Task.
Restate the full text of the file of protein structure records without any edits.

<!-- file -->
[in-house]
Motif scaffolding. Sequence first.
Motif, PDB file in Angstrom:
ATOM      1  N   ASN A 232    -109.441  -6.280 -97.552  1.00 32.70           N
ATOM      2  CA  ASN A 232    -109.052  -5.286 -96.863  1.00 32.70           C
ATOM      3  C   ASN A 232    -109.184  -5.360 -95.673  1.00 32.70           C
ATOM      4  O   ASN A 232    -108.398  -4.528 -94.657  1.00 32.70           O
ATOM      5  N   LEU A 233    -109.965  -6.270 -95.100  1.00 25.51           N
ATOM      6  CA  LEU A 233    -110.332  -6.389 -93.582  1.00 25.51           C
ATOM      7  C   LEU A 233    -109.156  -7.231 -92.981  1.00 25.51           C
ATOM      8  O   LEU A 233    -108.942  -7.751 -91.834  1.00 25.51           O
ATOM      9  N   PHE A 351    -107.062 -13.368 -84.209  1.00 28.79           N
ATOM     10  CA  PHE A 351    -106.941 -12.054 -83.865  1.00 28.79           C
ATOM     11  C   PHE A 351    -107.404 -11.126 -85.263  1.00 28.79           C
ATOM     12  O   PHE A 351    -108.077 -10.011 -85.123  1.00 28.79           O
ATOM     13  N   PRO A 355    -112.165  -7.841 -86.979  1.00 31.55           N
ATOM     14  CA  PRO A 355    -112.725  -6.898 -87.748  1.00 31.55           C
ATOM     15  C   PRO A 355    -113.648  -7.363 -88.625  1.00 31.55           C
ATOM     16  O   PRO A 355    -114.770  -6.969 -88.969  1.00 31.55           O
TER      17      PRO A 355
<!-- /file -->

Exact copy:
[in-house]
Motif scaffolding. Sequence first.
Motif, PDB file in Angstrom:
ATOM      1  N   ASN A 232    -109.441  -6.280 -97.552  1.00 32.70           N
ATOM      2  CA  ASN A 232    -109.052  -5.286 -96.863  1.00 32.70           C
ATOM      3  C   ASN A 232    -109.184  -5.360 -95.673  1.00 32.70           C
ATOM      4  O   ASN A 232    -108.398  -4.528 -94.657  1.00 32.70           O
ATOM      5  N   LEU A 233    -109.965  -6.270 -95.100  1.00 25.51           N
ATOM      6  CA  LEU A 233    -110.332  -6.389 -93.582  1.00 25.51           C
ATOM      7  C   LEU A 233    -109.156  -7.231 -92.981  1.00 25.51           C
ATOM      8  O   LEU A 233    -108.942  -7.751 -91.834  1.00 25.51           O
ATOM      9  N   PHE A 351    -107.062 -13.368 -84.209  1.00 28.79           N
ATOM     10  CA  PHE A 351    -106.941 -12.054 -83.865  1.00 28.79           C
ATOM     11  C   PHE A 351    -107.404 -11.126 -85.263  1.00 28.79           C
ATOM     12  O   PHE A 351    -108.077 -10.011 -85.123  1.00 28.79           O
ATOM     13  N   PRO A 355    -112.165  -7.841 -86.979  1.00 31.55           N
ATOM     14  CA  PRO A 355    -112.725  -6.898 -87.748  1.00 31.55           C
ATOM     15  C   PRO A 355    -113.648  -7.363 -88.625  1.00 31.55           C
ATOM     16  O   PRO A 355    -114.770  -6.969 -88.969  1.00 31.55           O
TER      17      PRO A 355